Suddenly, the door he’d first knocked on opened, and in the shaft of light that shot from the apartment’s interior, the silhouette of a large man stood in Pat’s way. He was joined immediately by a second male. Monaghan’s pulse-rate moved into overdrive. For a few seconds all three of them remained silent and stock-still, like a stand-off in a Hollywood Western. Pat would have spoken first but his throat had dried up.

‘Que…?’ The man’s words were incomprehensible but again Pat guessed the question.

‘Er…hello. I look for Linda Pardo,’ he addressed the two dark outlines.

‘Aha…you Eengleesh. Come for puta….prost –toot, drogas!’ said one of the two men as they both moved threateningly closer. Pat took two steps back.

‘Ah well no, maybe she…she’s a friend with drug problem…’ he said, hoping they might recognise who he was talking about.

‘You want drugs…you want sell drugs?’ The men moved forward again, one mumbling menacingly.

‘No, no I want help my friend…she’s in trouble!’ Pat was alarmed by their aggressive tone. At that moment his mobile rang. Elena - he was sure.

He pulled it out quickly, startling them. ‘Yes, yes hello, I’m here. Ah, you’re outside!’ he shouted and looked down towards the door. He could see the two men were now in some doubt. ‘Yes, yes I’m coming down!’ He went to pass the two figures, who grudgingly parted to allow him access to the stairs. ‘No, no problem…gracias!’ he called back to the men, who looked on suspiciously.

Pat continued to talk all the way down the stairs and out through the door, although most of what he said was barely comprehensible to an increasingly alarmed Elena.

‘Sorry, love, I’m not mad,’ he muttered when he got to the street. ‘Don’t worry, I’ll call you back and explain in a few minutes.’ And he broke into a run.

He’d gone about fifty yards when he stopped, realising he was going in the wrong direction. No one was giving chase nor had they even been interested enough to come down to watch his hurried departure. His car was parked just off the other end of the street and he could see no simple way of returning to it without passing the place he’d just left in such haste. Slowly and reluctantly he retraced his steps, keeping an eye on the open door of number thirty-five. He was actually already two yards past when a figure caught his eye in the darkness of the doorway. Glancing back as he walked on, it took a second or two for him to register who it was: then it came to him. He didn’t run, but increased his stride. Palomino, Juan Palomino, Linda had called him. Could Pat dare hope he’d not recognised him? No. He was now following. Reaching the corner, Pat was tempted to seek assistance in the bar but, on seeing his car in the distance, broke into a run and could hear the footfalls of his pursuer.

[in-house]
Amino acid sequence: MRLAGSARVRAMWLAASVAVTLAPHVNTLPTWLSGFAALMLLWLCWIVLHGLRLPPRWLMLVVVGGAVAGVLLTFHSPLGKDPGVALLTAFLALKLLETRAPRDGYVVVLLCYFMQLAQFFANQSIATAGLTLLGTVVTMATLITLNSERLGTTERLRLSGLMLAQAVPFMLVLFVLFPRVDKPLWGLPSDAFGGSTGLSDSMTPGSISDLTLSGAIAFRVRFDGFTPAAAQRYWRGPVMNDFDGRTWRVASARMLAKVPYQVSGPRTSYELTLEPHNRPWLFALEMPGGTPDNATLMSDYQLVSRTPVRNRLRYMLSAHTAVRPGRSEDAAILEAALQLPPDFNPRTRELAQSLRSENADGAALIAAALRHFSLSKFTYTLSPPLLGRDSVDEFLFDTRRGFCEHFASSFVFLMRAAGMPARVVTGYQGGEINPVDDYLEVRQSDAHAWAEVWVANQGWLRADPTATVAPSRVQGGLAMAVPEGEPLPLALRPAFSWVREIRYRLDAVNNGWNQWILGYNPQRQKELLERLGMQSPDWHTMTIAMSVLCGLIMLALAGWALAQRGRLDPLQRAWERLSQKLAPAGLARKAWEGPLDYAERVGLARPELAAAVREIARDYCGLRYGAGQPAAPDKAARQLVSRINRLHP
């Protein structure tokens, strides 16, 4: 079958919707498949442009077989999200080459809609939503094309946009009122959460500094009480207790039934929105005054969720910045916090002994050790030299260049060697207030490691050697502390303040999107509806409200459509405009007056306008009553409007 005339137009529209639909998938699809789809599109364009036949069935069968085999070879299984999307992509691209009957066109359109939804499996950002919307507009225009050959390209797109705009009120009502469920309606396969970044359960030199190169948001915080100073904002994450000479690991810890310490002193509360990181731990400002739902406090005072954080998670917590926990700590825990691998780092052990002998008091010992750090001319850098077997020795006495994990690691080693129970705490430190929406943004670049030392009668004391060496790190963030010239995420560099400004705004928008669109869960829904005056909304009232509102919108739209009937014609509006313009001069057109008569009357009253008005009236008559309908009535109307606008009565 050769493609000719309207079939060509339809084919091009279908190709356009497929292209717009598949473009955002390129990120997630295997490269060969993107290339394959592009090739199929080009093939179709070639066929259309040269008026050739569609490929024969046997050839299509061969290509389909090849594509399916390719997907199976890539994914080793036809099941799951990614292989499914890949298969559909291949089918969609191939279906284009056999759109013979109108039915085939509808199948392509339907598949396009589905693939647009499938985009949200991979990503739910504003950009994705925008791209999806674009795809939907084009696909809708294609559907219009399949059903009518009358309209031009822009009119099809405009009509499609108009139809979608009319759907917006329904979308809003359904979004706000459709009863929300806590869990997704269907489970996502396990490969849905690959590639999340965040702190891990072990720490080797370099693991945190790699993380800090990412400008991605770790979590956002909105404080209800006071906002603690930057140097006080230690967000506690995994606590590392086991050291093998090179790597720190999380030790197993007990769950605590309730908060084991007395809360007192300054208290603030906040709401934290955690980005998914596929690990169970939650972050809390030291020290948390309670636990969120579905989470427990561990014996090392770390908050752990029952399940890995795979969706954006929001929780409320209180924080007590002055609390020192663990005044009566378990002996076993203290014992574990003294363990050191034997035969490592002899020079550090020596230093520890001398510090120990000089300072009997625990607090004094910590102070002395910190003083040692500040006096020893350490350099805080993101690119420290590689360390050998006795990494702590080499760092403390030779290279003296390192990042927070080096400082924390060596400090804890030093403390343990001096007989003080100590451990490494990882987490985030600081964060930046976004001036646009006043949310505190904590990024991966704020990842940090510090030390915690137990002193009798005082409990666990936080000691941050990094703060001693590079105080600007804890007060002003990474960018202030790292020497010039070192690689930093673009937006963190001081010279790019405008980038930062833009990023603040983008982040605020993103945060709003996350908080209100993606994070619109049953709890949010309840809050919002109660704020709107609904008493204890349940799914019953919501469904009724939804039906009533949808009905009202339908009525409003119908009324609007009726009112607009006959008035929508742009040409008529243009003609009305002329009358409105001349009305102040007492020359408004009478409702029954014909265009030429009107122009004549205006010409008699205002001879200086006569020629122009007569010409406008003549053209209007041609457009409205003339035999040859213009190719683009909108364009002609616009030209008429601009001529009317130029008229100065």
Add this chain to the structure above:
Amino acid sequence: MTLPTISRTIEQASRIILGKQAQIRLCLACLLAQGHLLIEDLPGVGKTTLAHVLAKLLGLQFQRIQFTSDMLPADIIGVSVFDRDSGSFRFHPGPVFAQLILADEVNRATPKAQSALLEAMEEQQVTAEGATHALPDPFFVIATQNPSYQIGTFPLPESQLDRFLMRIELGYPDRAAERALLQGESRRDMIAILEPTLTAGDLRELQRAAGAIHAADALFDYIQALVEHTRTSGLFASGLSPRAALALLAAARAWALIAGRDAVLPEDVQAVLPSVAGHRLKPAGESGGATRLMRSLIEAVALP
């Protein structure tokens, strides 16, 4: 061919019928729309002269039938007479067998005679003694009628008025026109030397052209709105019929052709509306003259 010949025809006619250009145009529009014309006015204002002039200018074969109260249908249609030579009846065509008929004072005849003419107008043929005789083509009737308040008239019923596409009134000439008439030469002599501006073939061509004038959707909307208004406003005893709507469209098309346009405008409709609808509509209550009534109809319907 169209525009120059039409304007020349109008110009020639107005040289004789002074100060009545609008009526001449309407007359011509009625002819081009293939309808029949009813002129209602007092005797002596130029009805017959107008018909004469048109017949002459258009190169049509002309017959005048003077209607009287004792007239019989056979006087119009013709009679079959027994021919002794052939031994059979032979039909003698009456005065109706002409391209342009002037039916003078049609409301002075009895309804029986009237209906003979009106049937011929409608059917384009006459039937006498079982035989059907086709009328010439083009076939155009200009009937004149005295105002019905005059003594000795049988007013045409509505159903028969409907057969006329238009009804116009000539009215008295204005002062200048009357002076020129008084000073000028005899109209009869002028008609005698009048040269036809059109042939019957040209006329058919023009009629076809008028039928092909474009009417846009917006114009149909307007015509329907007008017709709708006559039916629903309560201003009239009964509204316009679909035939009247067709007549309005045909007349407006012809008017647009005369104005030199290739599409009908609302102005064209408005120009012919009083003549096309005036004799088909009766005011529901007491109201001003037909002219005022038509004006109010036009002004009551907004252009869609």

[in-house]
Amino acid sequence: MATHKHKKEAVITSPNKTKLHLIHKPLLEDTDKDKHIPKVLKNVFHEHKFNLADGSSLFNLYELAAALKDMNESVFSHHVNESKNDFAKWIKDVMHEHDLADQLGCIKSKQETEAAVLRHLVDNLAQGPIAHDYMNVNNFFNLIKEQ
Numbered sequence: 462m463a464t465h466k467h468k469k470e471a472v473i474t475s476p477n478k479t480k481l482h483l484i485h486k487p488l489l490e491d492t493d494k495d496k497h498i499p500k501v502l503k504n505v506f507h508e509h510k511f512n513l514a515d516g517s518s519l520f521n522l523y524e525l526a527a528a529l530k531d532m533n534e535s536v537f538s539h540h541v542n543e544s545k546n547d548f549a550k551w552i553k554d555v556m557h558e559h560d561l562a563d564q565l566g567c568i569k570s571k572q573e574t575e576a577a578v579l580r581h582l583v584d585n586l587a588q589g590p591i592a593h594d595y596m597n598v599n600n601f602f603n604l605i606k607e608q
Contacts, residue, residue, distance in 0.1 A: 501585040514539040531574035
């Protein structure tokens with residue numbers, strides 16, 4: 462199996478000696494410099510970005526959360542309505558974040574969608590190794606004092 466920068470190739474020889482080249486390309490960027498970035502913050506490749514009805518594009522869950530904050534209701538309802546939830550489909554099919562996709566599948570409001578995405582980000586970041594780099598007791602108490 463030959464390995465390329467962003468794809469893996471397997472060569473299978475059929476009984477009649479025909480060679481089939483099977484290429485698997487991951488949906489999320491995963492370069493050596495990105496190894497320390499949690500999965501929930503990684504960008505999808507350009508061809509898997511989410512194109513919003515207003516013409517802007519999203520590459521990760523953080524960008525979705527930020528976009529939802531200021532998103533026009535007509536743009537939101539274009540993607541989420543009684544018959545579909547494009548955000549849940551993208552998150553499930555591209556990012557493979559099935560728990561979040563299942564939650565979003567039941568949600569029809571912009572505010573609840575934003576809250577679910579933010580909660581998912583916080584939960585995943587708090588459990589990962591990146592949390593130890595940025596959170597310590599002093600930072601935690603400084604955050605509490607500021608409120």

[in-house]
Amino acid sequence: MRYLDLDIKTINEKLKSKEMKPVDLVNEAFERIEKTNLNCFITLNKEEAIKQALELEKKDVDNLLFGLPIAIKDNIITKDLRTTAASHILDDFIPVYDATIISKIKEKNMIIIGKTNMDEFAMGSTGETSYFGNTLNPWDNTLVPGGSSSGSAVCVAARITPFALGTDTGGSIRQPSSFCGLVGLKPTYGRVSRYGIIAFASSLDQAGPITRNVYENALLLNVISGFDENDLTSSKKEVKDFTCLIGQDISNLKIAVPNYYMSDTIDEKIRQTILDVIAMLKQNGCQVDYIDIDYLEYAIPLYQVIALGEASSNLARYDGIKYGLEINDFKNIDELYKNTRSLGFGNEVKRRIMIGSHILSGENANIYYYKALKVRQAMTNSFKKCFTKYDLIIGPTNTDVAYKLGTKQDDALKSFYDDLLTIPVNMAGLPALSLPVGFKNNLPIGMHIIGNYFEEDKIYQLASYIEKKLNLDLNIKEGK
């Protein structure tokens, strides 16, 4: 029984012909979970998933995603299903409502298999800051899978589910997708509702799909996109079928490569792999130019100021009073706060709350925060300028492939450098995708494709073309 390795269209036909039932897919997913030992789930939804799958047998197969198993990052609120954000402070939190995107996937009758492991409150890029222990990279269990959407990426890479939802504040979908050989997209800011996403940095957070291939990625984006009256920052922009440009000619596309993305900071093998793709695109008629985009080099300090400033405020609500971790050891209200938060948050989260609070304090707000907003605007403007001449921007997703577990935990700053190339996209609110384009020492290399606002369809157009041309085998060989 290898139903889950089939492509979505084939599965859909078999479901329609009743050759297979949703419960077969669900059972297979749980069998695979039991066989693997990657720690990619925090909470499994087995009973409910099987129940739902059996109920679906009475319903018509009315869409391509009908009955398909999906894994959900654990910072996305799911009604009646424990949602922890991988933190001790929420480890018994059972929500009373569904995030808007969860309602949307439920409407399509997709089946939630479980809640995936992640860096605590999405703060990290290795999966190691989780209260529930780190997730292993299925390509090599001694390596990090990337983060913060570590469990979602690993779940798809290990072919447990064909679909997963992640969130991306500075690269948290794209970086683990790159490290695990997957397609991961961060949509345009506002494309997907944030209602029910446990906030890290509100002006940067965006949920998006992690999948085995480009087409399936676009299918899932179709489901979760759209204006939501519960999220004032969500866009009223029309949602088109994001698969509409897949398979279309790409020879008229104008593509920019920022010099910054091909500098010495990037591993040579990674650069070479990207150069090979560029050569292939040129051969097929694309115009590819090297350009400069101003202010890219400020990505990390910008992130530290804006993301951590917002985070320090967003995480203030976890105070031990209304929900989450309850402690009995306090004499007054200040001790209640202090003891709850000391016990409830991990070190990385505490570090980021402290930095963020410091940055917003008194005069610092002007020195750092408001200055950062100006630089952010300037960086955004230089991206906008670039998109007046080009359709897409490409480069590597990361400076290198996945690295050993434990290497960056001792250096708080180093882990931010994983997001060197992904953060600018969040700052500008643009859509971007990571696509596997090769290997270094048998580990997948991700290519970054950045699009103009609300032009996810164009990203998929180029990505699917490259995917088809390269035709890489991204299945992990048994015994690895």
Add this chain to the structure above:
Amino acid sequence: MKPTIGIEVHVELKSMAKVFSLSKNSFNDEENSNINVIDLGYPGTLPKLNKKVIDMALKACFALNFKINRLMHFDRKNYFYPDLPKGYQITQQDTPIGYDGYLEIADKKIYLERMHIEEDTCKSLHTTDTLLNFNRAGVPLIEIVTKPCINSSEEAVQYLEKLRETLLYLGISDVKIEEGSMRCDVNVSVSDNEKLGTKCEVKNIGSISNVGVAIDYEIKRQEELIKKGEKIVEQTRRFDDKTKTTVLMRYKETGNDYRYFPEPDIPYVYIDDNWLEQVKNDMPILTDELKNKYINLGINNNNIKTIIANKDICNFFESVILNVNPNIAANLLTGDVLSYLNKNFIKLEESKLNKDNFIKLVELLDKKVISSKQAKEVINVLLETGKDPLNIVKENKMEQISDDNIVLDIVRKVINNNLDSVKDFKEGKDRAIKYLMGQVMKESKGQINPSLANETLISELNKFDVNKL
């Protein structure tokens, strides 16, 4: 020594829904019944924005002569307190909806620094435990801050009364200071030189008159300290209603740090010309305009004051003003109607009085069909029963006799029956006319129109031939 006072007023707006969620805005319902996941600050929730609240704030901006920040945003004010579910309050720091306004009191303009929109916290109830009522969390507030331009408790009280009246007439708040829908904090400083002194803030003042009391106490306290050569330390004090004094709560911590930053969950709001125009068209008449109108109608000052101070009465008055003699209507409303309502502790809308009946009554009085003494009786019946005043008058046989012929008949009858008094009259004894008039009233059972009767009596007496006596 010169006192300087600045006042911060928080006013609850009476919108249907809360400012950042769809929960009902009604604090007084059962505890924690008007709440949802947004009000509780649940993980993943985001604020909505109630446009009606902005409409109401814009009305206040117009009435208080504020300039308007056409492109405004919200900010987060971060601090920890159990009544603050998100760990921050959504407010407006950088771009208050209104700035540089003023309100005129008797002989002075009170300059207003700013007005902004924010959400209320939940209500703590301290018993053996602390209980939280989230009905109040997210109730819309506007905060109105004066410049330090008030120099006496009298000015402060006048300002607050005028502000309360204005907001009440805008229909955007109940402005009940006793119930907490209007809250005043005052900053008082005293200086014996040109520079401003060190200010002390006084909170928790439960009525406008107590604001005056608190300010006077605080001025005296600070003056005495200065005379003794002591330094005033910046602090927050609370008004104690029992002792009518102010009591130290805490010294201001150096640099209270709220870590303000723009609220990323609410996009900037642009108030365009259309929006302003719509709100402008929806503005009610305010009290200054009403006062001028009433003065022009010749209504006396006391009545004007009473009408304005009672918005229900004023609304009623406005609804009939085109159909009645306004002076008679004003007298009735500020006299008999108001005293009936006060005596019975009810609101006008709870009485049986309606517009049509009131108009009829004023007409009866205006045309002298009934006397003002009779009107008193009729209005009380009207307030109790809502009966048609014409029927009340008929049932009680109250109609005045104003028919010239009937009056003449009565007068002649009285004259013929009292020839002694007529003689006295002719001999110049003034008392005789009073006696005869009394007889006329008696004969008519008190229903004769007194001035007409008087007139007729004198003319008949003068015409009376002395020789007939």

All pretence now gone, he struggled to find the car key while maintaining speed.

Key in hand, he reached the car. Aiming, poking, fumbling - why hadn’t they given him an automatic lock! It was finally open. He slammed the door shut, again stabbing blindly at the ignition - once, twice, three times.

Palomino was at his rear door. The engine started, the door opened but Pat pulled away abruptly, leaving his attacker clawing air. As he reached the next corner, a car turned into the narrow street and blocked his path. In the rear view mirror he could see Palomino was gaining once again, this time with something in his hand. A knife, a gun?

Pat accelerated into what looked to be too narrow a space between the oncoming car and the building - and it was. A sickening grating sound as he planed along the wall on one side was matched by a crash and tinkle of glass as on the other he brought wing-mirror against wing mirror. He didn’t stop, not until he had driven at top speed for twenty minutes.
Finally, pulling in to a lay-by, he sat, shaking.

He’d been sitting there for several minutes before he could focus on what he should do next. Elena. He had to call Elena; she’d be worried sick. His phone was registering missed calls, no doubt she’d been ringing frantically and in his panic he hadn’t noticed. Not that he’d have taken time out to answer, in any case.

‘Oh my God, I’ve been going mad wondering what happened. Why didn’t you answer?’ she said in a rush of words.

‘Jesus, I don’t know where to begin,’ he said weakly.

‘Did you find Linda?’

‘No, I don’t know where she is. I’ll explain when I get back…be there shortly, don’t worry!’